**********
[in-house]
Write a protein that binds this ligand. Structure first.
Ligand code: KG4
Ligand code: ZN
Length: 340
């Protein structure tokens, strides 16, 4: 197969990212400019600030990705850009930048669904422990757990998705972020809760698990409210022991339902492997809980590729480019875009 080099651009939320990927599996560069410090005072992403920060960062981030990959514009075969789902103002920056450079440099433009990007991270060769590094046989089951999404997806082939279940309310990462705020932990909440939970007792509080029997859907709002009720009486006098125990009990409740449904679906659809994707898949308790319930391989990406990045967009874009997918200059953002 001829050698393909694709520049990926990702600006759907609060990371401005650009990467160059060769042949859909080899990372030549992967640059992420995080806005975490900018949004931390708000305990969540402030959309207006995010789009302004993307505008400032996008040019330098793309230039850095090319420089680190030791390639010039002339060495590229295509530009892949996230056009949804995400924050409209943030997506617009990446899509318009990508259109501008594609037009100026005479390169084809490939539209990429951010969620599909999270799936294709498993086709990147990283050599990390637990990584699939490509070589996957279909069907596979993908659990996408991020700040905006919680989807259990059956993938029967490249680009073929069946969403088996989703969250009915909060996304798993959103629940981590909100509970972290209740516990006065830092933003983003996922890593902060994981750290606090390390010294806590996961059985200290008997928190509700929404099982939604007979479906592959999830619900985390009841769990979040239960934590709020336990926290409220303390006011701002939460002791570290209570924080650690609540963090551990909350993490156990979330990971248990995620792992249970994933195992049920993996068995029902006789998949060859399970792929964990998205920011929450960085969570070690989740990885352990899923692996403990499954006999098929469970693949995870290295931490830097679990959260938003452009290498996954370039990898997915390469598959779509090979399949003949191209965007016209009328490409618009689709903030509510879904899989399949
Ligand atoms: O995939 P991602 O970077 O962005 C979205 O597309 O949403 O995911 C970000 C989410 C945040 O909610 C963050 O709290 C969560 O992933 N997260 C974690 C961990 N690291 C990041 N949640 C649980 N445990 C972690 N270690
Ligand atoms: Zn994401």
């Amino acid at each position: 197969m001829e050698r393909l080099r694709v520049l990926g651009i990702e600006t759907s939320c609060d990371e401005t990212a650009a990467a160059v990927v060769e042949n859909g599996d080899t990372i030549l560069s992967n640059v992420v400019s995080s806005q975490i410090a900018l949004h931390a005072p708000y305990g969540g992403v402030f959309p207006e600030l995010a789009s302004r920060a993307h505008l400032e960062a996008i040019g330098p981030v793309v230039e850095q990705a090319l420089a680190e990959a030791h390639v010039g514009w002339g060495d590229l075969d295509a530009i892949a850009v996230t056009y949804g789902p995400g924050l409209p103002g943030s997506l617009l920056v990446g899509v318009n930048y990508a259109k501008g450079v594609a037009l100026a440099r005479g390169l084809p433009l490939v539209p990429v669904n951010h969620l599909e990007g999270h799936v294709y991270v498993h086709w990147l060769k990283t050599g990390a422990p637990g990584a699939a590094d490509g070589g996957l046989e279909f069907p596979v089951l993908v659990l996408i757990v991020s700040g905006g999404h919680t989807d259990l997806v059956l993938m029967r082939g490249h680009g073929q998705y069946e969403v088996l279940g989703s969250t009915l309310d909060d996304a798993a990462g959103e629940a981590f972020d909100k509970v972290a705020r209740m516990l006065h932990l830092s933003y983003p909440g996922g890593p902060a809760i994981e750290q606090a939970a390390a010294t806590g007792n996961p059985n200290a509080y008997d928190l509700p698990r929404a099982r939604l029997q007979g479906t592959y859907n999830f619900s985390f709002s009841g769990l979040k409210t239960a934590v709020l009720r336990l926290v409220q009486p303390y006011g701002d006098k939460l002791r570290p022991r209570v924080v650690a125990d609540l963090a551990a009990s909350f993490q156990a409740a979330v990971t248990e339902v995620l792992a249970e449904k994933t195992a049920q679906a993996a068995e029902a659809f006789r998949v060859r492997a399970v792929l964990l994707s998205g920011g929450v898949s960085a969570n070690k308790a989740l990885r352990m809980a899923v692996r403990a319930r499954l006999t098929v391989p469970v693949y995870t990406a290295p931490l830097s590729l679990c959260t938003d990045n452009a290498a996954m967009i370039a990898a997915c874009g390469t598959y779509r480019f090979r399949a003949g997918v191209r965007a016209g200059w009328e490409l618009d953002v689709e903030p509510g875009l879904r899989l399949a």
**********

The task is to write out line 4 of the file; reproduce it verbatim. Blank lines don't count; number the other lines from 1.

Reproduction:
Ligand code: ZN